Tuesday, May 11, 2010
Letter from D. Knowlton, Camden Maine, to Col. Gideon Mayo, Orono Maine re: Penobscot Bay and River Railroad
Letter dated February 10, 1873 from D. Knowlton of Camden, Maine, to Mr. Mayo, who I assume is Colonel Gideon Mayo of Orono, Maine.
We shall vote today to take stock in the Bay and River Road. I think we shall have a large majority in favor of the Road. I will let you know tomorrow morning how it goes. We are all in favor of contracting with Ledley [?] at once. Yours in haste,
David Knowlton was born in Liberty, Maine, and spent the greater part of his life in Camden, Maine, as a manufacturer and inventor of ship machinery. He also built railroad cars, and this is probably how he came into contact with Col. Mayo. Knowlton was one of the incorporators of the Camden Savings Bank. He married Susan M. French and had children: Viola C. (married Charles A. Bucklin); Alonzo J. Q.; John D.; E. Frank; Willis D.; George W., Mary E., and Susan E. Four of his sons carried on the business as Knowlton Brothers in 1880.
Reader Steve Cartwright has supplied a photograph of a Knowlton capstan, patented in 1873, mounted in cement at his Tenants Harbor cottage, where it's used to pull boats ashore. Nothing is known of its earlier history, but one can only imagine.
Colonel Gideon Mayo was born in Frankfort, Maine, in 1808, the son of Ebenezer Mayo, and died in Orono, Maine, in 1876. His honorific came from service in the Maine Militia. He served in the Maine Legislature in 1859 and 1864 and was involved in the lumbering and farming business. In 1832, he married Martha Houston, daughter of Joseph and Hannah (Brown) Houston. Their children were: Elbridge C.; Hannah M.; Edward P.; William Franklin; Gideon; Charles; Abbie Anna; Henry Allen (died in infancy); Henry Allen; Annie M. (married Prof. George Hamlin); Joseph H.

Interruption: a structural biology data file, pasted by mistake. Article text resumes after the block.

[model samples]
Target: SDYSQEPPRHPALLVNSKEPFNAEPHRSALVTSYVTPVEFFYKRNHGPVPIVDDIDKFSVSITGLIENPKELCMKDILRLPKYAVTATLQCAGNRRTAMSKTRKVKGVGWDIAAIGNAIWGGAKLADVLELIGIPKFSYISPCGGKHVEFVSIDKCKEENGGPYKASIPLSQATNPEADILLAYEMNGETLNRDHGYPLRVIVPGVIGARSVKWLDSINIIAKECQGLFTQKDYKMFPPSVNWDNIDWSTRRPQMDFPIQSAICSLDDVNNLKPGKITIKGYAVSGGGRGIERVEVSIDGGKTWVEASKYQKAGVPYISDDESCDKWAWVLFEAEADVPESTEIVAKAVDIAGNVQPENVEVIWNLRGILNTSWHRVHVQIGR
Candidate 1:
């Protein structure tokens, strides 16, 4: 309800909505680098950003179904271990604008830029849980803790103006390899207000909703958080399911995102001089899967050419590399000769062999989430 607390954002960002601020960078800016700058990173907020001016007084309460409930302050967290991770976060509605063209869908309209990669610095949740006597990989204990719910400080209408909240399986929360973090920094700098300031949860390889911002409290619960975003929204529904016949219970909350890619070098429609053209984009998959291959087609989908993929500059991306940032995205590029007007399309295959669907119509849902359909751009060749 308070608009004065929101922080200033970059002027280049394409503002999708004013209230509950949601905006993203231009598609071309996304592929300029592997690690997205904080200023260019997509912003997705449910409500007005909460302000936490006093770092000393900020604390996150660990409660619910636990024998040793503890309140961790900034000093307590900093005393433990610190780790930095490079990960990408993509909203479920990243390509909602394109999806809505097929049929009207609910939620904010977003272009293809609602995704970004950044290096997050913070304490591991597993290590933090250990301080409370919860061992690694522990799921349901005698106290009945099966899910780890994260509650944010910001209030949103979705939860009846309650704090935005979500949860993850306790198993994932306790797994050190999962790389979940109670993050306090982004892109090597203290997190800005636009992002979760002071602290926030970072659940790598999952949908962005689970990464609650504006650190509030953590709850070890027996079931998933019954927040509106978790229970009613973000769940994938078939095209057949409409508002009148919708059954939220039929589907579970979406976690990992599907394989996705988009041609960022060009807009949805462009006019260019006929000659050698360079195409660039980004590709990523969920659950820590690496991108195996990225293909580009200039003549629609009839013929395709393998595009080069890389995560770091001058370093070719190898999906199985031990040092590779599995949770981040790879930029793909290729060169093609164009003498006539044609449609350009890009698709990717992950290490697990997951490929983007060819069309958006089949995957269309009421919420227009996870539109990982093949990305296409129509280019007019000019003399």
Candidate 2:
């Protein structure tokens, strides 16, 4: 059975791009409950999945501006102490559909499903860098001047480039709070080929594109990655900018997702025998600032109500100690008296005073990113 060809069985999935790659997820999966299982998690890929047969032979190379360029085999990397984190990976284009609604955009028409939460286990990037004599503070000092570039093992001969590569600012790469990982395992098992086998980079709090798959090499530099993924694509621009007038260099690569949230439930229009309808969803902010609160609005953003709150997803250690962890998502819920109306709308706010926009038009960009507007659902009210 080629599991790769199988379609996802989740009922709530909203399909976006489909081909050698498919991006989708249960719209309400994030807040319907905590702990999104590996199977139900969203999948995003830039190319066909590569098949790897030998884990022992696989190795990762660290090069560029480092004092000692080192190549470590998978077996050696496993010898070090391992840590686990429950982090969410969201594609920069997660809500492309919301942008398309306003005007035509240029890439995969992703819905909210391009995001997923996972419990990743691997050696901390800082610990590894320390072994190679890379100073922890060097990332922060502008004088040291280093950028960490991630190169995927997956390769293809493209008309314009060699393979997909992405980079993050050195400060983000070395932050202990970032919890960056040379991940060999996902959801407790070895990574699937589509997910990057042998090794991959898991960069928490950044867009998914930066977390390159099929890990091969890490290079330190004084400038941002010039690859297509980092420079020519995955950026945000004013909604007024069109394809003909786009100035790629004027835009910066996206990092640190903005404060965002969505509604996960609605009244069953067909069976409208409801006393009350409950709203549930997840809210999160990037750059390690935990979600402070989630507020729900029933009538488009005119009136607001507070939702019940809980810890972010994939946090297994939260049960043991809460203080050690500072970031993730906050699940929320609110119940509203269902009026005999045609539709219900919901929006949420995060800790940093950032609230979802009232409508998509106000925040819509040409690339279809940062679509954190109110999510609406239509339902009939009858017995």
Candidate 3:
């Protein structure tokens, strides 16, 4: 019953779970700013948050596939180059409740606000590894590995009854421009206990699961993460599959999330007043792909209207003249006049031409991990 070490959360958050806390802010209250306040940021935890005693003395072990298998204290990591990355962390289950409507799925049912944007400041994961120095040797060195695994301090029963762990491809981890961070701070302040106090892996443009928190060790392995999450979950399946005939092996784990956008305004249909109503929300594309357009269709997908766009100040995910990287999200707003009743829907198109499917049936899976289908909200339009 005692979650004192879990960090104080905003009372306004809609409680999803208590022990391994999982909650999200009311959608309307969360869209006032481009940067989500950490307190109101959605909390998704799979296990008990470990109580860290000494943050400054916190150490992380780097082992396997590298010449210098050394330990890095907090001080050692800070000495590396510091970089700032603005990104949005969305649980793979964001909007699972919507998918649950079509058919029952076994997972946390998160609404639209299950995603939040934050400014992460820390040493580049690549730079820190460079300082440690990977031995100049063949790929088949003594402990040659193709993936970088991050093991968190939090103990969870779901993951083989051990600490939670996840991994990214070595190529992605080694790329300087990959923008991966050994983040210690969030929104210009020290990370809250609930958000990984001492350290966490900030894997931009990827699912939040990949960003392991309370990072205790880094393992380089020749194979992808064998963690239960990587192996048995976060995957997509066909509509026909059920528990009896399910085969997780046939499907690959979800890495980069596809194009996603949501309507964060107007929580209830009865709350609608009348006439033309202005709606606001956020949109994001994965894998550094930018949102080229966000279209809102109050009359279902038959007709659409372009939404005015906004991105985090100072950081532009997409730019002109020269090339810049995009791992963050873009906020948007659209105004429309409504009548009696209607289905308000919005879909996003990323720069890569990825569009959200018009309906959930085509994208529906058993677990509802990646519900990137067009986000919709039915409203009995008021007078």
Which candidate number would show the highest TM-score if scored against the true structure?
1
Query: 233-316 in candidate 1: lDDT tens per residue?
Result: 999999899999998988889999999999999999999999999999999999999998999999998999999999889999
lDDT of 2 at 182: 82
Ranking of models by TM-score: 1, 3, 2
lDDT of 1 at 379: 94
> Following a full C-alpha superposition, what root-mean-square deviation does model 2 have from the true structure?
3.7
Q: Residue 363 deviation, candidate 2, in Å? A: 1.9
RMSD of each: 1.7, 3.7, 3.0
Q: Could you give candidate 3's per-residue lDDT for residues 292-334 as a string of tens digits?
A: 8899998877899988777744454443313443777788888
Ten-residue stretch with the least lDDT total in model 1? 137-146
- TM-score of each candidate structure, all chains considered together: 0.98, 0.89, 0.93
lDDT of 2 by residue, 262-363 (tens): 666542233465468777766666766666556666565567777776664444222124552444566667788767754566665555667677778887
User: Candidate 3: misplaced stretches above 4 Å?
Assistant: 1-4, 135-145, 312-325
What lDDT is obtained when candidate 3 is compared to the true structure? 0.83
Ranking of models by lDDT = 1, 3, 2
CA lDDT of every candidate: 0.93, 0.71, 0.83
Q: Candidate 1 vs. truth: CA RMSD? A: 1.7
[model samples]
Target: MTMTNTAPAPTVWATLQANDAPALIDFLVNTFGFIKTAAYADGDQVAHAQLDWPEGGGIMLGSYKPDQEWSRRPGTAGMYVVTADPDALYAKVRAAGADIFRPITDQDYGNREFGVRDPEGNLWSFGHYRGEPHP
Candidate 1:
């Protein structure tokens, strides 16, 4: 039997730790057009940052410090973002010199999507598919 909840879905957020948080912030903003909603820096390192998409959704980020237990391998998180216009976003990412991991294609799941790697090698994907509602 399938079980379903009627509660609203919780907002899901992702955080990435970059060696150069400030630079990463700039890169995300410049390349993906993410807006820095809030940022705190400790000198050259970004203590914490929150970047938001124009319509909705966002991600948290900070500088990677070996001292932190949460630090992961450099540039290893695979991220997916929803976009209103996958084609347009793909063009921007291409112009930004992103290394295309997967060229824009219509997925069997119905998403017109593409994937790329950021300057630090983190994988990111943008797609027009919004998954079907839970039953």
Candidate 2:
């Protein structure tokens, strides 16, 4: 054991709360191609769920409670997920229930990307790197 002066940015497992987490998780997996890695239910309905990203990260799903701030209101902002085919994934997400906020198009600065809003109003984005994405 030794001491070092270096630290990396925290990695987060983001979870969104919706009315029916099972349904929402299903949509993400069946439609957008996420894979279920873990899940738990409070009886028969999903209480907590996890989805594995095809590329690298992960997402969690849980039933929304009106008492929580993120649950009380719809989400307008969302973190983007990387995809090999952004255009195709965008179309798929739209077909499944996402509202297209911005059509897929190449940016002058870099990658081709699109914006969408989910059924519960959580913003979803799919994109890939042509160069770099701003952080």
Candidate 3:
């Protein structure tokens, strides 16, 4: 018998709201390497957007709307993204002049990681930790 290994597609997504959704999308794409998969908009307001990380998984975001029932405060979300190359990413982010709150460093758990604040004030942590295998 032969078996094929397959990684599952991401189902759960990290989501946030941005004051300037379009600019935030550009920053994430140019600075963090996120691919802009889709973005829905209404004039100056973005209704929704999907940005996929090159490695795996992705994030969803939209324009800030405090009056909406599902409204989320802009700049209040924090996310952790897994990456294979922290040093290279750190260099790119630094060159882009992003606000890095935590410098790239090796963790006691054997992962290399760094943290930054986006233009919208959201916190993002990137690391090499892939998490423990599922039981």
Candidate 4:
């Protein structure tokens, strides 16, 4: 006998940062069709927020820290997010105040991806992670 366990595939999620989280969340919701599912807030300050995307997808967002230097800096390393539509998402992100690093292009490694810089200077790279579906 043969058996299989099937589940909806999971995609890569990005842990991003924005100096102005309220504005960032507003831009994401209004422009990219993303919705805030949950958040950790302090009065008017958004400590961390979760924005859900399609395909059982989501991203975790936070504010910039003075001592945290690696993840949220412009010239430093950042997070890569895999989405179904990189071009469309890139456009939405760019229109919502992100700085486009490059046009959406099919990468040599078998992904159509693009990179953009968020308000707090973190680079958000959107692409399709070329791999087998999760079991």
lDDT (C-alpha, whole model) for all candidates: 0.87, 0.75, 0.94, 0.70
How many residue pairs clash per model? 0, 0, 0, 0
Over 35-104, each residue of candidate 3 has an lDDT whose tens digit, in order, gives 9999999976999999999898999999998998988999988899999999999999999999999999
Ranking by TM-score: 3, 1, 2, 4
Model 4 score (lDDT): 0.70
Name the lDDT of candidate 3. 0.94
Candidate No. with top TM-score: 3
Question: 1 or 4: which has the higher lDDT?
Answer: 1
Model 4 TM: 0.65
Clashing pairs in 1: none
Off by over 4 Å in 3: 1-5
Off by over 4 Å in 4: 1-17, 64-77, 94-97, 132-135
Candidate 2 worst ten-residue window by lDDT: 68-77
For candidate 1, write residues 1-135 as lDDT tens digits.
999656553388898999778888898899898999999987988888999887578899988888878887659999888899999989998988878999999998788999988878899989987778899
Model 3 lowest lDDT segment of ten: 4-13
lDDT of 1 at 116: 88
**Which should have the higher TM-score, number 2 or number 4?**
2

See another post which features an 1873 letter from Hon. Francis Hibbard of St. George, New Brunswick, to Col. Mayo, also about a "road", which might be a road or a railbed. Hibbard had lumbering and mining interests and served on the Legislative Council of New Brunswick.
I think this letter relates to the Penobscot Bay and River Railroad, which, according to one online source, was never built. If you have some information on the Bay and River Road, please let me know.
Aside from the railroad aspect, people familiar with Camden, Maine, might enjoy seeing the advertisements that make up the left hand side of this letter. They include: James Perry, Camden Cash Store; Miss A. S. Barker, Millinery and Dress Making; J. & B.. C. Adams, Wholesale and Retail Dealers in Coal, Wood, Pressed Hay, etc.; Shepherd, Jones & Co.; J. G. Pottle, Merchant Tailor; Camden Grist Mill; Talbot & Merriam, Lime; Talbot, Rust & Gould, Ice; N. T. Talbot, Counsellor at Law; Camden Anchor Works; D. Knowlton & Co; Bay View House, E. H. Demuth, Prop.; Carleton & Co., Ice; Swan Hotel; H. A. Miller, Photographer; H. Knight & Sons, Furnaces, Stoves, Tin Ware; Edwin C. Fletcher, Drugs, Patent Medicines; Carleton Norwood & Sons, Corn, Flour, Groceries; W. E. Currier, Corn, Flour, Meal, Groceries; H. H. Cleveland & Sons, Wholesale Confectioners; Cole, Richards & Co., Shipping Merchants
If you have any insights into this letter or Messrs Knowlton or Mayo, please leave a comment or contact me directly.
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